From Publishers Weekly
First published by Knopf in 1986, Hearne's groundbreaking book was born of her need to be able to talk about her training relationships with dogs, horses and other animals. Hearne (1946-2001) found that there was no vocabulary, that captured the complex set of dependencies, trusts and moral quandaries that arose for when she trained dogs to track, or horses to jump. Through luminous anecdotes, she here develops rigorous and beautiful descriptions of the transactions between animals and people, what they entail and what the expectations-on both sides-are. Drawing on everything from Xenophon, Nietzsche and Wittgenstein to legendary Disney animal trainer William Koehler, Hearne anticipates the work of philosophers like Donna Haraway, but also provides of kind of training manual for the soul of anyone who has an animal or animals in his or her life. She would go on to write Bandit: Dossier of a Dangerous Dog and other books, but none distills Hearne's vision, and imparts a sense of her discovery, as this book does.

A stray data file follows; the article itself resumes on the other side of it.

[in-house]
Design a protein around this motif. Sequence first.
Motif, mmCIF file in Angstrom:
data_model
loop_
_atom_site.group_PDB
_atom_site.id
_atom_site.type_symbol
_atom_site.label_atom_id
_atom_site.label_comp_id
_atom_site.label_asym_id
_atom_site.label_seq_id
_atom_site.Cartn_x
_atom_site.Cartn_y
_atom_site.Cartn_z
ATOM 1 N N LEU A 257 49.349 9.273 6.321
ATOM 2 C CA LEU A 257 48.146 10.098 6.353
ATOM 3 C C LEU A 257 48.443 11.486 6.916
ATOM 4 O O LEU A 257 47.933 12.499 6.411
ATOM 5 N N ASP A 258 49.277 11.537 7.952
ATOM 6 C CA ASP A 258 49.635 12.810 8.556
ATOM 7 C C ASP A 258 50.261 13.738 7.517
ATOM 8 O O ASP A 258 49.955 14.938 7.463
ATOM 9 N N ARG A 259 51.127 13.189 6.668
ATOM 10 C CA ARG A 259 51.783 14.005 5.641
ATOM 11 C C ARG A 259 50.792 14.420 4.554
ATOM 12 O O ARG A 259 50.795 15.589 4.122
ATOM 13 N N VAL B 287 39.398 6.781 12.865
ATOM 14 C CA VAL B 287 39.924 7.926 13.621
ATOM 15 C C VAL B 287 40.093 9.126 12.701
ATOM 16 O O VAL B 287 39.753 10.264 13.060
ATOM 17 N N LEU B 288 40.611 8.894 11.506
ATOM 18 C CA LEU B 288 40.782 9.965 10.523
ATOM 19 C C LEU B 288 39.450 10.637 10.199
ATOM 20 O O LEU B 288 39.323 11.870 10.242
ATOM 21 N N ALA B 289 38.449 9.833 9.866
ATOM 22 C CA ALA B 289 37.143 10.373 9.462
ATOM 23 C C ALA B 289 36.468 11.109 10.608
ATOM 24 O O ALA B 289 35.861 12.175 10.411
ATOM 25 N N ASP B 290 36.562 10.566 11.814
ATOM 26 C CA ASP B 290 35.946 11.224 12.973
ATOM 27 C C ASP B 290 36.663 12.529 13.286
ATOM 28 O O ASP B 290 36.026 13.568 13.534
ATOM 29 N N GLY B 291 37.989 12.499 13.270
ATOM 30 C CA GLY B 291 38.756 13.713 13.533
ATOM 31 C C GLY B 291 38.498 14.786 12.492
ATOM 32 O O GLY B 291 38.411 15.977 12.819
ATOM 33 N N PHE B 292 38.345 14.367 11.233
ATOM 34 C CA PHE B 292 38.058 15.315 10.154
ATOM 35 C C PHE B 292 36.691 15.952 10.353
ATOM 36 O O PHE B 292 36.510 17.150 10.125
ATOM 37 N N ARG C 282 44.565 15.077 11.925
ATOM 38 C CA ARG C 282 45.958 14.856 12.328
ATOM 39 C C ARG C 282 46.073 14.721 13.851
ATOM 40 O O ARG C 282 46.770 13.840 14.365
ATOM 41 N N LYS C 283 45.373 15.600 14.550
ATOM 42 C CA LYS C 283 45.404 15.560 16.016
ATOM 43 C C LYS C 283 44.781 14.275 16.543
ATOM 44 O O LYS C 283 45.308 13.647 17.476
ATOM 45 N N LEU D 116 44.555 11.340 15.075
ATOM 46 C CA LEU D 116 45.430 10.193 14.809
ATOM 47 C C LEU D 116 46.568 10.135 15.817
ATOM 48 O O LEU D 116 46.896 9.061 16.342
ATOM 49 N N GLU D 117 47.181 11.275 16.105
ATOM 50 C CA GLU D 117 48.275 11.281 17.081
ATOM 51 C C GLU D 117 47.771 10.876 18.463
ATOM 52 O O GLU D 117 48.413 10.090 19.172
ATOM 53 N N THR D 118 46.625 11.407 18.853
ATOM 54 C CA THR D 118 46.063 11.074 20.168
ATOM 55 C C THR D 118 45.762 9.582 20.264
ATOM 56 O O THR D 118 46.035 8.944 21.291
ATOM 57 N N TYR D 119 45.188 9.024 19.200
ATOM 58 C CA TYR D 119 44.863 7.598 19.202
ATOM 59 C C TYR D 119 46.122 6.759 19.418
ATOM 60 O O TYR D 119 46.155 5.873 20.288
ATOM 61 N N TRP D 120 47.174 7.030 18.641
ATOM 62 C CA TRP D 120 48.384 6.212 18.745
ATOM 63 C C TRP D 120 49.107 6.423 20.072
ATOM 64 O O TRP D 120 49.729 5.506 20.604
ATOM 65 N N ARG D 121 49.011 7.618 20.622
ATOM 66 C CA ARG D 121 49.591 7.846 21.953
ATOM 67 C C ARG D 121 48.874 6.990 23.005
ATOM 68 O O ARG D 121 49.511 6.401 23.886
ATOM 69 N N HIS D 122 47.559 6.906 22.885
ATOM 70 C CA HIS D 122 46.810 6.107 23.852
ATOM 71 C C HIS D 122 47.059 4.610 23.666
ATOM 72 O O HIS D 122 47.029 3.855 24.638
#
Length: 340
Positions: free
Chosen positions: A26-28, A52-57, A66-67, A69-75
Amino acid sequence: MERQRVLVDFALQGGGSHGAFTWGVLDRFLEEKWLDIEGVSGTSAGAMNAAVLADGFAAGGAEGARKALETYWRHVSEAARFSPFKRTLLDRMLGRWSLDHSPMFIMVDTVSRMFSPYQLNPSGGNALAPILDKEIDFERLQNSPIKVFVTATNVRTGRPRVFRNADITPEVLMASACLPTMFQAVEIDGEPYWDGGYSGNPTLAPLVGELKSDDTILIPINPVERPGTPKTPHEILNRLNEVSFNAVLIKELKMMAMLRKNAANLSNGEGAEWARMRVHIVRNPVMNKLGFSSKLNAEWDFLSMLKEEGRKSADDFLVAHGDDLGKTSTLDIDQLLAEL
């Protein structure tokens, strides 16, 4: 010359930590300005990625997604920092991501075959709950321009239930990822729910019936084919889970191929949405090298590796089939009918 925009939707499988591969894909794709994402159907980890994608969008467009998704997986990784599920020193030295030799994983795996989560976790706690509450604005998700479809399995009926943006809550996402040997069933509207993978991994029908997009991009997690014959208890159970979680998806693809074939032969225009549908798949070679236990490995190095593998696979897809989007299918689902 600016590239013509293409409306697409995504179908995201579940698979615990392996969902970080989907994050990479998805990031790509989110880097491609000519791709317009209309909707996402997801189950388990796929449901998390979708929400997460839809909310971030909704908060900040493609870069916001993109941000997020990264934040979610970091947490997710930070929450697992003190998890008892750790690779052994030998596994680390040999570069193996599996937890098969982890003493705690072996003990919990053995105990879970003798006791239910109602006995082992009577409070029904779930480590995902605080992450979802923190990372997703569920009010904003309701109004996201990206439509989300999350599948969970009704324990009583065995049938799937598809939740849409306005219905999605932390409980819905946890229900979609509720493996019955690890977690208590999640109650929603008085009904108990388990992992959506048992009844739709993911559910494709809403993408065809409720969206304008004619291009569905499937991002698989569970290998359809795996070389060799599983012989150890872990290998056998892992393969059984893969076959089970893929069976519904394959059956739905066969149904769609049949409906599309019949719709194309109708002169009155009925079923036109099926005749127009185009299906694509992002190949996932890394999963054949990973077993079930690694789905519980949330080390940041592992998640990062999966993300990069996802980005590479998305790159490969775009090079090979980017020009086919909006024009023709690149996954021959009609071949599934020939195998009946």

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From Library Journal
This engrossing treatise on animal behavior and interspecies communication provides an astute and possibly unique synthesis of a domestic animal trainer's practical knowledge and the intellectually more distant and even sterile theories of the academic world. Modern psychologists and philosophers have typically railed dogmatically against the anthropormorphism and morality inherent in the language of animal trainers. But Hearne points out that the validity of the trainers' methodology is supported by the fact that trainers who actually work interestingly and successfully with animals can accomplish so much more than most academic researchers in training their charges. The author believes that the training relationship is a complex and fragile moral understanding between animal and human. Enthusiastically recommended. Robert Paustian, Wilkes Coll. Lib., Wilkes-Barre, Pa.
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